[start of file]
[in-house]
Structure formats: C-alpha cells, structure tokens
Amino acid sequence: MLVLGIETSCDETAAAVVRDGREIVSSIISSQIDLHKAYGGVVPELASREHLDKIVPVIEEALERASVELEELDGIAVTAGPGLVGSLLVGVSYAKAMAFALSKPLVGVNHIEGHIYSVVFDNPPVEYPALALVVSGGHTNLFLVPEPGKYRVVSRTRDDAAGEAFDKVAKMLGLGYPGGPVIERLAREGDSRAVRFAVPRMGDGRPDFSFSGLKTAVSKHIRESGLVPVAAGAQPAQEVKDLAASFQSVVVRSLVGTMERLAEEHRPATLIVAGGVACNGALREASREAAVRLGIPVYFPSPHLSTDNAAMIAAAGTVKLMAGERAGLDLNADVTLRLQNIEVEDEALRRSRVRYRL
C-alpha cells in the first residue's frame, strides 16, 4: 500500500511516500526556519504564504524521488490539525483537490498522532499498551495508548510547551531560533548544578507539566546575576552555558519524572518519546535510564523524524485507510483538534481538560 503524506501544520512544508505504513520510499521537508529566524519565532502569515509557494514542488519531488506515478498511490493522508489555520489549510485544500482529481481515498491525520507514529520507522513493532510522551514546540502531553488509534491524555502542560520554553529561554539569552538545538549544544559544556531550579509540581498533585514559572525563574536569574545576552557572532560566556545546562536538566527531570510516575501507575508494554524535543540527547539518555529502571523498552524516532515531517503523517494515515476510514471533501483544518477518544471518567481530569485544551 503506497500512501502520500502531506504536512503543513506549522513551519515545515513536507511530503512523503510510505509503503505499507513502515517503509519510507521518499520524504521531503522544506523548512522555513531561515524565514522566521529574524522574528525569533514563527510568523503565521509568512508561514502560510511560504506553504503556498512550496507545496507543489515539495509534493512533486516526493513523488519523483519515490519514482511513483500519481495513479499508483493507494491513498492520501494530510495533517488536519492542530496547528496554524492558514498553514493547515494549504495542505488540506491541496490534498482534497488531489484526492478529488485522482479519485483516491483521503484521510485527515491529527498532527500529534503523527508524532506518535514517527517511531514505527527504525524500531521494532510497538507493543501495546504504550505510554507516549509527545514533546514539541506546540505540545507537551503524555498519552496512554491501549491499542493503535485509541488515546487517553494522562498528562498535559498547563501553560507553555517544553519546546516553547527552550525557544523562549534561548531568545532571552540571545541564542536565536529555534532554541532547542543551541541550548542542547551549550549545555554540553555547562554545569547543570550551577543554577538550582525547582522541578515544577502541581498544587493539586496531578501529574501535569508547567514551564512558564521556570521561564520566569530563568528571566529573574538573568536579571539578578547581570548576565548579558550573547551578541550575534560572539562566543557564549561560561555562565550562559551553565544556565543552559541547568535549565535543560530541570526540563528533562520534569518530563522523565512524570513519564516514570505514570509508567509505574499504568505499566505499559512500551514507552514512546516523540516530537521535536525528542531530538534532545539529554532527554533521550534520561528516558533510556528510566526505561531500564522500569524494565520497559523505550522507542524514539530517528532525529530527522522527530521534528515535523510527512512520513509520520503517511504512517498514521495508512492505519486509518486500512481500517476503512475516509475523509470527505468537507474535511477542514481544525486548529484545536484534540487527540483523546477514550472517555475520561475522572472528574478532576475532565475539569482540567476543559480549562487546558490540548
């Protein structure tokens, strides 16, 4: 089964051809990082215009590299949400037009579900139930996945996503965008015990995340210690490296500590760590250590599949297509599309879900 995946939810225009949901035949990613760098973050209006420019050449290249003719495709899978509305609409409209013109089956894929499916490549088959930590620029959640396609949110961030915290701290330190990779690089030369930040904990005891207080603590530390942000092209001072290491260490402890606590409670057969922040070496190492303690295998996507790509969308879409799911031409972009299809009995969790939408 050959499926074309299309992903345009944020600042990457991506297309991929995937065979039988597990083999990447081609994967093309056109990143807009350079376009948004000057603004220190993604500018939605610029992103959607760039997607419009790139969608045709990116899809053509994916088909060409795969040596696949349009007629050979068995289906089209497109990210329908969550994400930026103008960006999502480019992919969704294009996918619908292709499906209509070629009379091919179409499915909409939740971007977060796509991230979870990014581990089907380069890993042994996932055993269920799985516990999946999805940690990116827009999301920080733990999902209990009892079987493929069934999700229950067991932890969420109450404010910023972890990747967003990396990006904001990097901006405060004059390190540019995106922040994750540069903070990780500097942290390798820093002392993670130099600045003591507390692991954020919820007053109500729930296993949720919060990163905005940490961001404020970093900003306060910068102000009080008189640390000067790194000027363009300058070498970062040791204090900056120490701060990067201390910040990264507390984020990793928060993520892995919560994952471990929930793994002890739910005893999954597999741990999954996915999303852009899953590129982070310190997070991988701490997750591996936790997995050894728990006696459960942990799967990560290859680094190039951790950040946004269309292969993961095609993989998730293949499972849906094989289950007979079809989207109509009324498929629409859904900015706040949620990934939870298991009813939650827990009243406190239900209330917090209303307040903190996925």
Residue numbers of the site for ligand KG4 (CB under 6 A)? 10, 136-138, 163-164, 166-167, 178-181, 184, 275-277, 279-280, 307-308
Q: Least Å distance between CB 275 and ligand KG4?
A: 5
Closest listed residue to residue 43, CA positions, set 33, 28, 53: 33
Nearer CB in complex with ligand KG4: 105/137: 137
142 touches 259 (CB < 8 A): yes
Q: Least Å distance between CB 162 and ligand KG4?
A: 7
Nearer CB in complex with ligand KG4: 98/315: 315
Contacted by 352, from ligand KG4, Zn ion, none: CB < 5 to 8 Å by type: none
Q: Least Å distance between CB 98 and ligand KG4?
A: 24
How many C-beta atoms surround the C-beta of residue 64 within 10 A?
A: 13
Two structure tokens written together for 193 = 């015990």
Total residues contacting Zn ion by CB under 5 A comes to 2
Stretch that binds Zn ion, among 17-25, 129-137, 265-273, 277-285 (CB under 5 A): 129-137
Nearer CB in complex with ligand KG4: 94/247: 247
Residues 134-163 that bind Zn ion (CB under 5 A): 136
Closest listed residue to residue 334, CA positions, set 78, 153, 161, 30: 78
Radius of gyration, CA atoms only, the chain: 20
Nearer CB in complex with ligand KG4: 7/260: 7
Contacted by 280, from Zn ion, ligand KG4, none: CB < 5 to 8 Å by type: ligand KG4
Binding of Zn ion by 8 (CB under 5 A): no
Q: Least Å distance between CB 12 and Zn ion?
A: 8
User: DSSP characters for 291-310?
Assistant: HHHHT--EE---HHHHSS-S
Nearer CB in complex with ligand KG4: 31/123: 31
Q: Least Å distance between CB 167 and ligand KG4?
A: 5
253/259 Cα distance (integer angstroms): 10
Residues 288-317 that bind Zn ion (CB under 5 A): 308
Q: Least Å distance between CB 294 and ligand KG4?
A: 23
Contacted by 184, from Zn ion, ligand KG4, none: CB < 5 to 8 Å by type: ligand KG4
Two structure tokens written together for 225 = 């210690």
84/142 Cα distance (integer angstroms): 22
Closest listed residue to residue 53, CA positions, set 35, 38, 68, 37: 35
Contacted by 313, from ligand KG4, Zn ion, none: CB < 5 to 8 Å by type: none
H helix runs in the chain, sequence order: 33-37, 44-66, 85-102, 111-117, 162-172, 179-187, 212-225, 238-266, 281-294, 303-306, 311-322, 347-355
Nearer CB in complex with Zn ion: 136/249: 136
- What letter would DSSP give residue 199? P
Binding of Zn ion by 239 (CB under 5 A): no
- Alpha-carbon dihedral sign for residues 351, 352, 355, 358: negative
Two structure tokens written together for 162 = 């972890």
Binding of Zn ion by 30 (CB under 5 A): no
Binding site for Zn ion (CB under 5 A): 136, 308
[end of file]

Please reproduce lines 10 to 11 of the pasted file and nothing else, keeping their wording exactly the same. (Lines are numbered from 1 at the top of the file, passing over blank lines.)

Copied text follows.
Nearer CB in complex with ligand KG4: 105/137: 137
142 touches 259 (CB < 8 A): yes